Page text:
CASINO

Imperial Pacific wants to push back Imperial Palace opening to 2020

TAGs: Imperial Pacific, saipan

Imperial Pacific International (IPI), the company behind Saipan’s first integrated resort, the Imperial Palace, may never be complete. After already missing several construction deadlines that have prolonged the completion of the casino’s hotel for more than a year, the company’s vice president of construction, Eric Poon, asserted earlier this month that the project was 69% complete. He further stated that the hotel would almost certainly be ready by the end of the year. Now, IPI is asking for yet another extension for construction—until the end of 2020.

Imperial Pacific now wants to push back Imperial Palace opening to 2020The extension is tied to the “initial gaming facility” of the casino. IPI previously expected the facility to be ready to go by the end of July, and then the end of August before Coon said definitely by December. Six amendments in total have been requested by IPI and each one makes the casino possibility less and less bright.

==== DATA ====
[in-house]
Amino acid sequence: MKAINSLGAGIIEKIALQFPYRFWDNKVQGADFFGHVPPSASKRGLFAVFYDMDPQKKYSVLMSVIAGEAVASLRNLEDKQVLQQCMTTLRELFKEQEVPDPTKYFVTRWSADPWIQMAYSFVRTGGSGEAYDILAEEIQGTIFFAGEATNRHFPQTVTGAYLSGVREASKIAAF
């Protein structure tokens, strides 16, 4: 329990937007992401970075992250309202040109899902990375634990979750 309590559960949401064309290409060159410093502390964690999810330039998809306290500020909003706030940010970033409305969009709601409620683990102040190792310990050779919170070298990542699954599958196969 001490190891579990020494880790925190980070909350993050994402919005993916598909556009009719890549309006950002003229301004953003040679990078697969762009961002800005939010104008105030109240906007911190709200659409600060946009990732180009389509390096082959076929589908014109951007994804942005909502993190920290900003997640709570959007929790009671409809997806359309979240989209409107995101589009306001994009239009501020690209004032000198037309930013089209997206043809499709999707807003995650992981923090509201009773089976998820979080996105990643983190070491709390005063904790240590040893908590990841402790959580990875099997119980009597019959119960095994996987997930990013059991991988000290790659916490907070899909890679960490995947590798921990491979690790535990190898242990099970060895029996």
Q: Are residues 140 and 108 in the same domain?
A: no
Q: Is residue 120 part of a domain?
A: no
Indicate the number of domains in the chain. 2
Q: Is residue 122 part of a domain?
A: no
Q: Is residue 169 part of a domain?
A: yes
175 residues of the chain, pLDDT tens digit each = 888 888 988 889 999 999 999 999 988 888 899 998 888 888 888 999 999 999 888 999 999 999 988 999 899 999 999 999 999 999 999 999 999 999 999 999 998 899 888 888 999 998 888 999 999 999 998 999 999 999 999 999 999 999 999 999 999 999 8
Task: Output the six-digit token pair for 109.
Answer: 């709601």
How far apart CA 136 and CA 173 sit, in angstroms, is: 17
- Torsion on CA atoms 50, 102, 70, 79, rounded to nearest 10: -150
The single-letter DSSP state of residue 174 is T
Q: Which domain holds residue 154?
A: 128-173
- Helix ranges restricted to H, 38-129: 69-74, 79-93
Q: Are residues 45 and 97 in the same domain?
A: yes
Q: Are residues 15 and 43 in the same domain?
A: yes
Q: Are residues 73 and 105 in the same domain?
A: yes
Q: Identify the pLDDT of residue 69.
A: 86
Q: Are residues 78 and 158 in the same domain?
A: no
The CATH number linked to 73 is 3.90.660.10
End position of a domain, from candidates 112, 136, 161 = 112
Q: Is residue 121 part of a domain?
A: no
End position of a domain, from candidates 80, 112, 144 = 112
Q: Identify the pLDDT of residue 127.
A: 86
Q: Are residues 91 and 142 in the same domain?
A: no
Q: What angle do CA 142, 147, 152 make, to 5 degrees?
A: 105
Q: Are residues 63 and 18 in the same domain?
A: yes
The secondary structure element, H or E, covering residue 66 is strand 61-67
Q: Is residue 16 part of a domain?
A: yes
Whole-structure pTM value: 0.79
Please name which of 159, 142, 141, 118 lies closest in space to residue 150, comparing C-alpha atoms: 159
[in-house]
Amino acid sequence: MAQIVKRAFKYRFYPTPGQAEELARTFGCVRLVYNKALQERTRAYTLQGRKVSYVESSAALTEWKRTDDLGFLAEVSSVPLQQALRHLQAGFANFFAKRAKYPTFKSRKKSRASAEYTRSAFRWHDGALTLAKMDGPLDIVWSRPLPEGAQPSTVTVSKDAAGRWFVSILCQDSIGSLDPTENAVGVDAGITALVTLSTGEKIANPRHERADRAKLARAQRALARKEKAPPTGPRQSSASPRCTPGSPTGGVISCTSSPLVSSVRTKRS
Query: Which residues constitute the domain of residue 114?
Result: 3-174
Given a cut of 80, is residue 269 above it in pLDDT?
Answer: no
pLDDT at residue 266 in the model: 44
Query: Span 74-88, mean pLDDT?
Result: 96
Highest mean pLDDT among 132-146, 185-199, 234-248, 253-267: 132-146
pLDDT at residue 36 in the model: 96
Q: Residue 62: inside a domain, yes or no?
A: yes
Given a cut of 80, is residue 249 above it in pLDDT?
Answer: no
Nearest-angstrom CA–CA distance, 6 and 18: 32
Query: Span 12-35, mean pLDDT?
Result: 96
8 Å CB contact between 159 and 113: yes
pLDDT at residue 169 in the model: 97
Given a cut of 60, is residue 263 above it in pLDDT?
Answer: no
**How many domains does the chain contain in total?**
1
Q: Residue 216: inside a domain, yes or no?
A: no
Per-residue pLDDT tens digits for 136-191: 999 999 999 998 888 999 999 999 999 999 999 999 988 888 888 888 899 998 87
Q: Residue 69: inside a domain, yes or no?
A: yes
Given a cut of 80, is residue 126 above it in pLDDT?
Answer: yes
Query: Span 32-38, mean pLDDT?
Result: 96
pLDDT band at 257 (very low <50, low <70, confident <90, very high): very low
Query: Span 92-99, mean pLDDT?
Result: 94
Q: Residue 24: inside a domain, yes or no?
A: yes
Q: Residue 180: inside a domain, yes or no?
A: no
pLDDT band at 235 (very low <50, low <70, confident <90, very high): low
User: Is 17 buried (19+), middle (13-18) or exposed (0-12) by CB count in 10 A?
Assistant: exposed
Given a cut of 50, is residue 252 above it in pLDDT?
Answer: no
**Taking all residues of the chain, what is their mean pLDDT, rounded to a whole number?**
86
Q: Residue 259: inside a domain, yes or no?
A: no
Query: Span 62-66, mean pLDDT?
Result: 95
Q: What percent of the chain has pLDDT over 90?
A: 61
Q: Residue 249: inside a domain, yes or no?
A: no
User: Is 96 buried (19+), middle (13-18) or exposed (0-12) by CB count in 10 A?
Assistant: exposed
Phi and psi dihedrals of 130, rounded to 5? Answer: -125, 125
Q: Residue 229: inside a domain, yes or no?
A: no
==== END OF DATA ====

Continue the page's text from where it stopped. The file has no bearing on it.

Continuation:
According to the Saipan Tribune, the deadline extension will be addressed by the Commonwealth of the Northern Mariana Islands’ (CNMI) Lottery Commission. The commission will meet by the end of August, at which time it will decide what action to take regarding the request.

IPI was offered a casino license on the condition that the initial facility would be complete by this summer. Now that it has missed several deadlines already, whether or not the Lottery Commission chooses to renew the license will certainly be a question at this month’s meeting.

According to IPI, the initial facility encompasses a casino area of more than 152,000 square feet, a 329-room luxury hotel, villas, restaurants and shops. The facility is only a small part of the resort’s “phase one” stage, which isn’t expected to be complete until the middle of August of 2023. Phase two would supposedly be completed five years later. However, with the continued requests for extensions, those dates are certainly not a safe bet.

IPI submitted its latest request to the government’s Development Plan Advisory Committee, which determined that it was “reasonable.” It outlined a number of “unforeseen delays” related to labor issues that have slowed the project down.

It’s looking more and more like IPI was not ready to undertake such a large project. It’s too late to turn back the clock now, but it might be a wise move to begin considering handing the reigns over to a company that can take the huge challenge more seriously.

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